Perspectives War Robots

Perspectives: Movement and Accuracy 101

Guest author Bahogilok offers up a primer on the fundals of movement and accuracy in War Robots!

Bahogilok has been asset to Aurora Nova iOS from the outset, and it’s clear he has a terrific coaching and development mindset. I’m delighted to feature his wonderfully wonkish primer on two of the most important War Robots fundamentals. It’s easy for seasoned players to take basic game skills for granted, but even experienced players may find something of value. I know that I certainly did. -Jay

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Welcome pilot! Today we will be covering the two most basic skills needed to play War Robots: movement and accurate shooting. While these two concepts are briefly covered by the in-game tutorial (the one that appears during your very first match),the aforementioned tutorial does not teach the more subtle techniques that I feel would make you a more competitive pilot – hence this guide.

Disclaimer: This guide is “aimed” (pun intended) at newer pilots. I am not an expert,and I am still learning myself. If you find any mistakes, or wish to contribute, please do so!

HEDR

“Life requires movement” –Aristotle

I’d like to think that it wouldn’t an understatement to say movement is the most important aspect of the game. It is not simply getting from point A to B; it is how you find an opportunity to have a clear line of sight to your enemy, as well as how much you leave yourself exposed are to enemy fire. It is how efficiently you can get into a position to attack, as well as defend. It is how you find the opportune moments that win the game.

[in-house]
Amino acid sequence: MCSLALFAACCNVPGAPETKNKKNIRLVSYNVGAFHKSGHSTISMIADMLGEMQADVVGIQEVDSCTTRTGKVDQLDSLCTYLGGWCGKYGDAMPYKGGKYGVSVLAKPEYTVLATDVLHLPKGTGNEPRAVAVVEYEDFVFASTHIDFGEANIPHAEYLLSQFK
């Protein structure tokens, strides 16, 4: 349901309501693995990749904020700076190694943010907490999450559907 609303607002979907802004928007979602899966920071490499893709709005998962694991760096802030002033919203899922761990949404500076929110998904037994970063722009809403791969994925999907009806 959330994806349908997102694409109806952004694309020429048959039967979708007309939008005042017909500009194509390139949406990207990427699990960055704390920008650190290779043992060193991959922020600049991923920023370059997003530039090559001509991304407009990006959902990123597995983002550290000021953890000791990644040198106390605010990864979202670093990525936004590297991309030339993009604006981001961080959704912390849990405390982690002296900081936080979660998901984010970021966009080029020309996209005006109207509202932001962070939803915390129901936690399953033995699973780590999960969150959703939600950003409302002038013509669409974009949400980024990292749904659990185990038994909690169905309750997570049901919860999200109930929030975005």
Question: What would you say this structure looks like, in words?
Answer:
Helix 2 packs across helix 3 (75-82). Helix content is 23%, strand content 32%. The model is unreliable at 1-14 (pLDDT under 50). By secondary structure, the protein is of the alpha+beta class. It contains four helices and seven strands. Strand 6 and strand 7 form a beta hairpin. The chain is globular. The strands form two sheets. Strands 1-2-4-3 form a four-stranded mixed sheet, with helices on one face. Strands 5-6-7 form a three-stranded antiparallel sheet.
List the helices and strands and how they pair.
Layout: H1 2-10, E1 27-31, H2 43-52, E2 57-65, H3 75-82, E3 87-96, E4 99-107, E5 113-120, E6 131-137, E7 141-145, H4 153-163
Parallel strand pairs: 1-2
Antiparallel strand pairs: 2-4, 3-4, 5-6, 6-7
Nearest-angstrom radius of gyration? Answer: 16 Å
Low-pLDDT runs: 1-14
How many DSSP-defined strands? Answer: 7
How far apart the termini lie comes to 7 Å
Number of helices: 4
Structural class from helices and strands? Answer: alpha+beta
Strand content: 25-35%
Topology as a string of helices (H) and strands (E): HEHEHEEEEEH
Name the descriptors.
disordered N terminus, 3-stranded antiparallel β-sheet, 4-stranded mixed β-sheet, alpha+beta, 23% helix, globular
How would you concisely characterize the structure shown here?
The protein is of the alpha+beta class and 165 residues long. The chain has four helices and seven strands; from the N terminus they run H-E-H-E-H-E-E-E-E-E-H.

1-A: Basic Movement

There are two basic hand movements that control your robot’s movements. The first, which is the button on the lower left corner of the screen (red circle, image 1), controls your robots’ legs.

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Image 1. Red circle shows movement interface. Blue arrow points to the small hexagonal button that controls movement. Green arrow points to outer border of movement interface. 

You drag the little button in the middle (blue arrow) towards the direction you wish to travel. Take note that the further the little button is from the center of the bigger “outer” circle (green arrow), the faster your robot travels – but if your finger extends from the outer edge of the big circle, your robot does not move any faster.

The second movement is done via the “aim” function, which is done by swiping the screen left or right to move your robots’ main body. This by itself does not move your robot, but the interface controlling the legs (the button at the lower left corner) moves relative to where your robot is facing.

What does this mean?

Lets say you want to go right. You have two ways to achieve this – The first is to “aim” your robot right, then use the movement interface to go forward.

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Figure 1. The green circle represents your robot. Red arrows represent the direction the robot is facing. The blue arrow represents the direction of input from the movement interface. In this diagram, the robot is “aimed” in the direction of travel before dragging the movement button forward

The second method is to face straight ahead and use the movement interface to go right.

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Figure 2. In this diagram, in contrast to figure 1, the robot is aimed straight ahead, while at the same time dragging the movement button to the right- perpendicular to the direction you are facing. 

Of course, there are many variations to this kind of movement, and it is not limited to moving sideways.

Putting it into Practice

So what is the difference between the two ways to go right? After all, isn’t the end result the same?

That would actually depend on the situation. For example, the second movement type (where you are not looking in the direction you are travelling in) is good for those times you need to keep your crosshairs at something, like when firing at an enemy while moving to cover.

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Figure 3. Note the black rectangle, representing cover. Red circle depicts an enemy.

Another good use for this type of movement is strafing, or moving your robot side to side while firing on an enemy. This makes it much harder for the enemy to hit you and is a great tactic at close range.

Not the best example of strafing, but you get the idea